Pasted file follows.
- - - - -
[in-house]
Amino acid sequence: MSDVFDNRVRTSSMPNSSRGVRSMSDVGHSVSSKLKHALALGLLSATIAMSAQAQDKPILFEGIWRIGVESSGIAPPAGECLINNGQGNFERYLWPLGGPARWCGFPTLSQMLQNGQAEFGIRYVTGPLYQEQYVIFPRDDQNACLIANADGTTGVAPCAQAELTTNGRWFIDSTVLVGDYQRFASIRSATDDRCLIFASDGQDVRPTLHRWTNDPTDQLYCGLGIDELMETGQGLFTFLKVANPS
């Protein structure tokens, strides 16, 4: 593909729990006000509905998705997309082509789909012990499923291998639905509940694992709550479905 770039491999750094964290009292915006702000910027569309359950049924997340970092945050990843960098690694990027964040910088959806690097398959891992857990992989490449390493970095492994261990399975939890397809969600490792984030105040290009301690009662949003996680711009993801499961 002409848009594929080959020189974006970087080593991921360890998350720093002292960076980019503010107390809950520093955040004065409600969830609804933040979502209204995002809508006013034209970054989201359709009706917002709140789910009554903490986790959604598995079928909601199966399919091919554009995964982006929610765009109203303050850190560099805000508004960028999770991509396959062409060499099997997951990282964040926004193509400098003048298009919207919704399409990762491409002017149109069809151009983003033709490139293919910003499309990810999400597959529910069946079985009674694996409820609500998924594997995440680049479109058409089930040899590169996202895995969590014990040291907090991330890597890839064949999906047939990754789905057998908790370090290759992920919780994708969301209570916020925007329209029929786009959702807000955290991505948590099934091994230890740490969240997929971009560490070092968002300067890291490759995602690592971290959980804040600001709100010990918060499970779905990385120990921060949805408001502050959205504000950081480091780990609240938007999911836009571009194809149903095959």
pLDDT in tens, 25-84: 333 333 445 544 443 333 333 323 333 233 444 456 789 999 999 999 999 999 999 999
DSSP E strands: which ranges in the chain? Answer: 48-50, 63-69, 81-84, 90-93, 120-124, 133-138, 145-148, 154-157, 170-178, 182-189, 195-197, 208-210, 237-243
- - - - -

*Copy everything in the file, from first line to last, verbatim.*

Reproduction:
[in-house]
Amino acid sequence: MSDVFDNRVRTSSMPNSSRGVRSMSDVGHSVSSKLKHALALGLLSATIAMSAQAQDKPILFEGIWRIGVESSGIAPPAGECLINNGQGNFERYLWPLGGPARWCGFPTLSQMLQNGQAEFGIRYVTGPLYQEQYVIFPRDDQNACLIANADGTTGVAPCAQAELTTNGRWFIDSTVLVGDYQRFASIRSATDDRCLIFASDGQDVRPTLHRWTNDPTDQLYCGLGIDELMETGQGLFTFLKVANPS
């Protein structure tokens, strides 16, 4: 593909729990006000509905998705997309082509789909012990499923291998639905509940694992709550479905 770039491999750094964290009292915006702000910027569309359950049924997340970092945050990843960098690694990027964040910088959806690097398959891992857990992989490449390493970095492994261990399975939890397809969600490792984030105040290009301690009662949003996680711009993801499961 002409848009594929080959020189974006970087080593991921360890998350720093002292960076980019503010107390809950520093955040004065409600969830609804933040979502209204995002809508006013034209970054989201359709009706917002709140789910009554903490986790959604598995079928909601199966399919091919554009995964982006929610765009109203303050850190560099805000508004960028999770991509396959062409060499099997997951990282964040926004193509400098003048298009919207919704399409990762491409002017149109069809151009983003033709490139293919910003499309990810999400597959529910069946079985009674694996409820609500998924594997995440680049479109058409089930040899590169996202895995969590014990040291907090991330890597890839064949999906047939990754789905057998908790370090290759992920919780994708969301209570916020925007329209029929786009959702807000955290991505948590099934091994230890740490969240997929971009560490070092968002300067890291490759995602690592971290959980804040600001709100010990918060499970779905990385120990921060949805408001502050959205504000950081480091780990609240938007999911836009571009194809149903095959």
pLDDT in tens, 25-84: 333 333 445 544 443 333 333 323 333 233 444 456 789 999 999 999 999 999 999 999
DSSP E strands: which ranges in the chain? Answer: 48-50, 63-69, 81-84, 90-93, 120-124, 133-138, 145-148, 154-157, 170-178, 182-189, 195-197, 208-210, 237-243